I wish to make particular reference to the approach the Minister has taken to child care. I am in favour of many aspects of the Minister's approach but I do not agree with using child benefit to improve people's lot. The Government chose the most expensive yet easiest option and, in view of the difficulties that arose last year in respect of individualisation, I do not blame it for doing so. However, I would have preferred if the Minister had introduced tax rebates or chosen another approach. The elimination of benefit-in-kind for the provision of child care and crèche places for the children of employees as outlined in the budget – I accept that a specific explanation was not provided – is a major step forward and will be welcomed by many people.

I welcome the decision to remove the extraordinary anomaly in the school transport system – this has kept Deputies and Senators busy for many years – whereby a nine year old living two miles from school could not avail of school transport whereas a nine year old living three miles away could do so. When I worked as a school principal I had an argument with a CIE inspector who calculated that a child who was badly in need of transport to school was five yards short of living three miles from the school. To resolve the problem I knocked down the car park wall with a sledgehammer, drove my car inside and told the inspector to measure the distance from there in order to obtain the extra five yards.

Housing policy is an issue of major concern to the trade union movement and many workers. Some months ago I brought to the attention of the Minister an anomaly in the Bacon report which conferred a certain tax benefit on people buying a house but which would be lost if they derived income from letting a room. The only way young people in the UK and other European countries can afford to buy a house is by allowing work colleagues or friends move in and pay some money towards the mortgage. I am delighted with the section of the budget entitled "Rent a Room" which allows this to be done properly and correctly. I assure Members that this will allow more young people to consider buying a house because they will be able to invite a work colleague or friend to share the house, legitimately charge them rent and obtain a tax rebate of up to £6,000.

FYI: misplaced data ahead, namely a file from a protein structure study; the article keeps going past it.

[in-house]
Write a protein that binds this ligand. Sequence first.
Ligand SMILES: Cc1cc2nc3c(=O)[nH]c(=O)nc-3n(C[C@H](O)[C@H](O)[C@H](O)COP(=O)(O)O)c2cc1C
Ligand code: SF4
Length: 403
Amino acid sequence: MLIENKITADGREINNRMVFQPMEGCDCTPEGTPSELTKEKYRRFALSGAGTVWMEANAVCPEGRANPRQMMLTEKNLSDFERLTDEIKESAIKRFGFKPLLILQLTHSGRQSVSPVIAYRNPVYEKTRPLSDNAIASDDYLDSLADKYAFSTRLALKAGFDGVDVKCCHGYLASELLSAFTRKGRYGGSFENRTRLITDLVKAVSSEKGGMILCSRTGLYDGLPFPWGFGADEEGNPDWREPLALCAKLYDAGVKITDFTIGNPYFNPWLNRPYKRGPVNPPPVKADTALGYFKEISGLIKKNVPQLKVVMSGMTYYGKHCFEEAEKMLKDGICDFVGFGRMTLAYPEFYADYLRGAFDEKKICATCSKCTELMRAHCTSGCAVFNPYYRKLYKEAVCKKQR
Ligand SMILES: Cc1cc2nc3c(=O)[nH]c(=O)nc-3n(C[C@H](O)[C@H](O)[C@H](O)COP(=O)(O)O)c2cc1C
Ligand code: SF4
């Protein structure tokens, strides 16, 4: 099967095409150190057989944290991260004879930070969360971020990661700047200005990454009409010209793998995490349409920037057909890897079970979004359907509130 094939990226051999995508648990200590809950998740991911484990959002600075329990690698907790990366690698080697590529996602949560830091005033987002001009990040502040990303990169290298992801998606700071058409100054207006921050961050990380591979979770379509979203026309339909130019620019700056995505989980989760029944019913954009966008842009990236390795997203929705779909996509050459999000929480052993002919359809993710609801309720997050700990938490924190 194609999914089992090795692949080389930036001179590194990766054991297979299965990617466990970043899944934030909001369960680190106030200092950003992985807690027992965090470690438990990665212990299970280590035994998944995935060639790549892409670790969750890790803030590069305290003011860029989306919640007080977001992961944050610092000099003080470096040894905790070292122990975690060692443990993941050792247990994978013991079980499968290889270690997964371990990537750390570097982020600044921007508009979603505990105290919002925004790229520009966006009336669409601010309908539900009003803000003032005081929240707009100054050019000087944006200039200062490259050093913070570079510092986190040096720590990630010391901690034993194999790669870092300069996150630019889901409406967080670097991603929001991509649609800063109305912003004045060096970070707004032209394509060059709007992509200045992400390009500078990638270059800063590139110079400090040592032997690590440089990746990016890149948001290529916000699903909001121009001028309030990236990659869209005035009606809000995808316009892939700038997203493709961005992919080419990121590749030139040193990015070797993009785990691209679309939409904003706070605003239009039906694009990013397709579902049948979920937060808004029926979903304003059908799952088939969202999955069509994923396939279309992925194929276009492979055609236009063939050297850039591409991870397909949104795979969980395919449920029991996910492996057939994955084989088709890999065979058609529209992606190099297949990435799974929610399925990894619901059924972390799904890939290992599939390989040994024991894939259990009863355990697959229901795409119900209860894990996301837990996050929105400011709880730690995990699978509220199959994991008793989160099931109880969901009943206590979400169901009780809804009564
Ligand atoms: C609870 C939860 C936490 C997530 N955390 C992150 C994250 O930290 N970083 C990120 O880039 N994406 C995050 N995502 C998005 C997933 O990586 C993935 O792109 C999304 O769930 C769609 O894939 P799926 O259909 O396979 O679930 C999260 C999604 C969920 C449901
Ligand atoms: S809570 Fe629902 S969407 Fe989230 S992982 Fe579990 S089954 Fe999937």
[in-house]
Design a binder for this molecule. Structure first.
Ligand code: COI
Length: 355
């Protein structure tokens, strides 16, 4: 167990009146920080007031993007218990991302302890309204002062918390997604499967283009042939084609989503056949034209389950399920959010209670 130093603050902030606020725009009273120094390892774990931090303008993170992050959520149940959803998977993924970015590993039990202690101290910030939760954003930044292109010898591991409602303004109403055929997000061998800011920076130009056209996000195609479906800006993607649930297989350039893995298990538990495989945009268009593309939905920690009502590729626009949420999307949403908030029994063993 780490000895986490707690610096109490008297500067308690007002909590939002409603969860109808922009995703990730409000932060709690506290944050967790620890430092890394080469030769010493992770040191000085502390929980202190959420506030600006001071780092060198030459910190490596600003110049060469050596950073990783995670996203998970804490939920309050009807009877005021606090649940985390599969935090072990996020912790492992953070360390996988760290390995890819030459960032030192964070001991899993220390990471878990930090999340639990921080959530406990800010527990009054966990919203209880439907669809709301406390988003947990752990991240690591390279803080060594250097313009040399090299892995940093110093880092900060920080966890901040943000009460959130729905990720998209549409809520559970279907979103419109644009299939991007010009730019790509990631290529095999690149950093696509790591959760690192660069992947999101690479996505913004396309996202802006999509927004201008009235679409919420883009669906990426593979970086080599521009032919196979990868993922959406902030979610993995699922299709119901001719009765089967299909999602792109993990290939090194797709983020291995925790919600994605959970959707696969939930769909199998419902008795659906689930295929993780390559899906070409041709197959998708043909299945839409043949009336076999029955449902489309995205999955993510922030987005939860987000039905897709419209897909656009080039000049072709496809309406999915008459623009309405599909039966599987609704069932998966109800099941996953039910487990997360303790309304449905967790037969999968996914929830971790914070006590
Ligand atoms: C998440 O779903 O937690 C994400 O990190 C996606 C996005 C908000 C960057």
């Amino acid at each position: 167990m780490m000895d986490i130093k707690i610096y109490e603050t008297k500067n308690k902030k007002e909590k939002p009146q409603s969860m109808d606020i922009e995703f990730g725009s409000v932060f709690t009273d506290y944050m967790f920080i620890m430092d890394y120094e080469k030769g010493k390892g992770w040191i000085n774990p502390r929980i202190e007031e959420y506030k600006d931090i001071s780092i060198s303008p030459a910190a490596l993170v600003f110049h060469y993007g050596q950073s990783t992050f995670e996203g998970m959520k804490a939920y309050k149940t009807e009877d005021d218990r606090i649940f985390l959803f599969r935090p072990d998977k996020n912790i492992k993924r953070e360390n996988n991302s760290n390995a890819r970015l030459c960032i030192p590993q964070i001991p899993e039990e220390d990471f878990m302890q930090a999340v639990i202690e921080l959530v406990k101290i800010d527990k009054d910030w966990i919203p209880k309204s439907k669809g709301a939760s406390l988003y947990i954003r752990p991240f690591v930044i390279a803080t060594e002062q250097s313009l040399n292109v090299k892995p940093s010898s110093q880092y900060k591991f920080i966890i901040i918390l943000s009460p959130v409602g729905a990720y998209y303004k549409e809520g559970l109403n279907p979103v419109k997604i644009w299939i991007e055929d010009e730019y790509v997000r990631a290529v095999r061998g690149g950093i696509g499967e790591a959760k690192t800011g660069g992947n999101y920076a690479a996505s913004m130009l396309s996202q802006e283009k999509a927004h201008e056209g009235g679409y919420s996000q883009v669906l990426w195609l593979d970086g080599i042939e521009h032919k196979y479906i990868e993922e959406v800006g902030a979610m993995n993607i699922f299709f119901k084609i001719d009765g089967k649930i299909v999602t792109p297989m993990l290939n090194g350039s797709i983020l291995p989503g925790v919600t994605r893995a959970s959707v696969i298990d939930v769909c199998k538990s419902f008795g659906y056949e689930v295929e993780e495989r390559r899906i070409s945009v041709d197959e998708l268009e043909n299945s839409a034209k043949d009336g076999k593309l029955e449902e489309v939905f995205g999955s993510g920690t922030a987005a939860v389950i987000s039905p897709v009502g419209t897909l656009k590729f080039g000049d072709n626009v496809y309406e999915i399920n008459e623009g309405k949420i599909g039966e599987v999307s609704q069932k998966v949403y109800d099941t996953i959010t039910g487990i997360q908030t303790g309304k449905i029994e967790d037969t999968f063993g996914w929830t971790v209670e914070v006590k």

The extension of the schools psychological service will be widely welcomed and is a crucially important development. For many years I have said that membership of unions such as my union, the INTO, was almost as much a requirement as being a member of a professional body or an accountancy body and that union members should be entitled to tax relief on their subscriptions. I welcome the Minister's commitment to provide a flat rate allowance of £100 at the standard rate of tax in respect of trade union subscriptions.

The anti-inflation measures included in the budget are crucially important. The reduction of 1% in the rate of VAT and the reduction of excise on petrol by 2p will not have a major impact, but it signals that an important step has been taken. Next month's figures will show that the increase in the price of tobacco products from last year's budget will be subsumed which will give a plus of 0.8% while the reductions to which I refer will provide almost another 1%. This means there will be some improvement in the economy at a time when the euro has strengthened and when world fuel prices have stabilised.

The budget is well timed for workers. Our stated expectations have been fulfilled and on that basis I commend this motion to the House.

A number of things strike one about this motion. The first is the successful career in prophecy embarked upon by my colleague, Senator Joe O'Toole. This motion, acknowledging concrete facts to be put in the budget, giving the example of benchmarking and being quite specific in certain aspects, was placed on the Order Paper on 1 December while the budget waited to be delivered until 6 December. However, Senator O'Toole is proved to be correct, showing that one should not throw stones at persons who have their own crystal ball.